Subject area: teacher training and education science
Kind of studies: full-time studies, part-time studies
Education is the process of facilitating learning, or the acquisition of knowledge, skills, values, beliefs, and habits. Educational methods include storytelling, discussion, teaching, training, and directed research. Education frequently takes place under the guidance of educators, but learners may also educate themselves. Education can take place in formal or informal settings and any experience that has a formative effect on the way one thinks, feels, or acts may be considered educational. The methodology of teaching is called pedagogy.
In the United States, special needs is a term used in clinical diagnostic and functional development to describe individuals who require assistance for disabilities that may be medical, mental, or psychological. For instance, the Diagnostic and Statistical Manual of Mental Disorders and the International Classification of Diseases 9th edition both give guidelines for clinical diagnosis. Special needs can range from, but are not limited to, people with autism, cerebral palsy, down syndrome, dyslexia, blindness, ADHD, and cystic fibrosis. They can also include cleft lips and/or palates, port-wine stains, and missing limbs. The types of special needs vary in severity, and a student with a special need is classified as being a severe case when the students IQ is between 20 and 35. These students typically need assistance in school, and have different services given to them for them to succeed in a different setting.
A teacher (also called a school teacher or, in some contexts, an educator) is a person who helps others to acquire knowledge, competences or values.
Training is teaching, or developing in oneself or others, any skills and knowledge that relate to specific useful competencies. Training has specific goals of improving one's capability, capacity, productivity and performance. It forms the core of apprenticeships and provides the backbone of content at institutes of technology (also known as technical colleges or polytechnics). In addition to the basic training required for a trade, occupation or profession, observers of the labor-market recognize as of 2008 the need to continue training beyond initial qualifications: to maintain, upgrade and update skills throughout working life. People within many professions and occupations may refer to this sort of training as professional development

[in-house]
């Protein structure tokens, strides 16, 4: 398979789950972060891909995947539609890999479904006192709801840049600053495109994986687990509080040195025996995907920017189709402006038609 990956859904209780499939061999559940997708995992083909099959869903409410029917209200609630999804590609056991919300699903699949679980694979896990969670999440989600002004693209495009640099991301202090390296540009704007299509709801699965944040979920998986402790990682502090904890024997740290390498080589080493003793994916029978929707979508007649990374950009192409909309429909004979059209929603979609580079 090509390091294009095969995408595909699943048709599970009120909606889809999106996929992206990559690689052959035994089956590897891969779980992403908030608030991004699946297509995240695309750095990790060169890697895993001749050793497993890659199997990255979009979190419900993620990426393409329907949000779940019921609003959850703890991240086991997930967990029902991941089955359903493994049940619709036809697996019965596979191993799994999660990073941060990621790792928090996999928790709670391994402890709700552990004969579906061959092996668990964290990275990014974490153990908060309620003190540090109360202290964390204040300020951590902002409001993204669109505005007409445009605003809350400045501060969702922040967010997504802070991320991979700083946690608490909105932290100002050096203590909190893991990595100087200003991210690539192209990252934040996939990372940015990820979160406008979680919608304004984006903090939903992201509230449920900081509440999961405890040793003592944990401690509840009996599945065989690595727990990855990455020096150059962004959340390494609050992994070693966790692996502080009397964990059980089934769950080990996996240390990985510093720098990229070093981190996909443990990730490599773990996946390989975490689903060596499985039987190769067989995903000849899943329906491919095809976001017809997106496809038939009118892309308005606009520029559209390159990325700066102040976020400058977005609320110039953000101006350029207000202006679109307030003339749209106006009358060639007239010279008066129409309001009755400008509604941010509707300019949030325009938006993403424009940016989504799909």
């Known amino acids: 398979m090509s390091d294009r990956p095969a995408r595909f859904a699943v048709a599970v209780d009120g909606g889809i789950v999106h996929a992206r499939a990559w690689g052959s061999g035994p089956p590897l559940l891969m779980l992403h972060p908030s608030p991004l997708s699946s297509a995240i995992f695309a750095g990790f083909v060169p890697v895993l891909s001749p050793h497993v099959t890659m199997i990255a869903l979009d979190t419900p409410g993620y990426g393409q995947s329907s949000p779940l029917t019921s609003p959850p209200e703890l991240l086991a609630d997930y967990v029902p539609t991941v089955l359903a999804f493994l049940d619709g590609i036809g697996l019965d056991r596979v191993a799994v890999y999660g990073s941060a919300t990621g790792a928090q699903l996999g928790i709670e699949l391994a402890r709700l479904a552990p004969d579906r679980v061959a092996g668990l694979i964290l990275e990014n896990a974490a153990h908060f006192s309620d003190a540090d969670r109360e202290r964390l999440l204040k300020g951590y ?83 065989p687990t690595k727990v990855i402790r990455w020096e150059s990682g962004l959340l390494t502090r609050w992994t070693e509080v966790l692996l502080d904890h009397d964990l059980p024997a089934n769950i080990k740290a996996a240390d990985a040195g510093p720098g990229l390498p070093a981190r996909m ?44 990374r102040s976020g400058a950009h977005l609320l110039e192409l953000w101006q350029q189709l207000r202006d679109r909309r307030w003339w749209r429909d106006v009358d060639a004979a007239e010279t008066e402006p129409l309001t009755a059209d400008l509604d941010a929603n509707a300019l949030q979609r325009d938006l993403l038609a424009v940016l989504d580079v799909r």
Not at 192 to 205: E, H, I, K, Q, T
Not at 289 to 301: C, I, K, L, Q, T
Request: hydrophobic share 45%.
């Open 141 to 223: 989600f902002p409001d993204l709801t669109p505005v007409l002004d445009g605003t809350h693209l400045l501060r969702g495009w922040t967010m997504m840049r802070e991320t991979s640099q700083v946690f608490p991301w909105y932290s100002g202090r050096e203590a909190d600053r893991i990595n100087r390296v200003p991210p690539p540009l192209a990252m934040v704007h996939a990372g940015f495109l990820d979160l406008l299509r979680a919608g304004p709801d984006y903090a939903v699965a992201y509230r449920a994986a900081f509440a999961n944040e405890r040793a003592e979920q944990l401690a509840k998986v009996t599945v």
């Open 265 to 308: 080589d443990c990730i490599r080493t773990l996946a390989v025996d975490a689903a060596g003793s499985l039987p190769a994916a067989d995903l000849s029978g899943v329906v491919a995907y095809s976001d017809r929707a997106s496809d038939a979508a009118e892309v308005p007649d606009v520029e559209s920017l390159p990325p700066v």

It is provable both that the historical sequence was, in its main outlines, a necessary one; and that the causes which determined it apply to the child as to the race. ...as the mind of humanity placed in the midst of phenomena and striving to comprehend them has, after endless comparisons, speculations, experiments, and theories, reached its present knowledge of each subject by a specific route; it may rationally be inferred that the relationship between mind and phenomena is such as to prevent this knowledge from being reached by any other route; and that as each child's mind stands in this same relationship to phenomena, they can be accessible to it only through the same route. Hence in deciding upon the right method of education, an inquiry into the method of civilization will help to guide us.
Herbert Spencer, Education: Intellectual, Moral, and Physical (1861)
Give me a dozen healthy infants, well-formed, and my own specified world to bring them up in and I'll guarantee to take any one at random and train him to become any type of specialist I might select – doctor, lawyer, artist, merchant-chief and, yes, even beggar-man and thief, regardless of his talents, penchants, tendencies, abilities, vocations, and race of his ancestors. I am going beyond my facts and I admit it, but so have the advocates of the contrary and they have been doing it for many thousands of years.
John B. Watson. Behaviorism (Revised edition). (1930). Chicago: University of Chicago Press. p.82.
What spectacle can be more edifying or more seasonable, than that of Liberty & Learning, each leaning on the other for their mutual & surest support?
James Madison, letter to W. T. Barry, August 4, 1822. The Writings of James Madison, ed. Gaillard Hunt, vol. 9, p. 108 (1910). These words are inscribed to the right of the main entrance of the Library of Congress James Madison Memorial Building.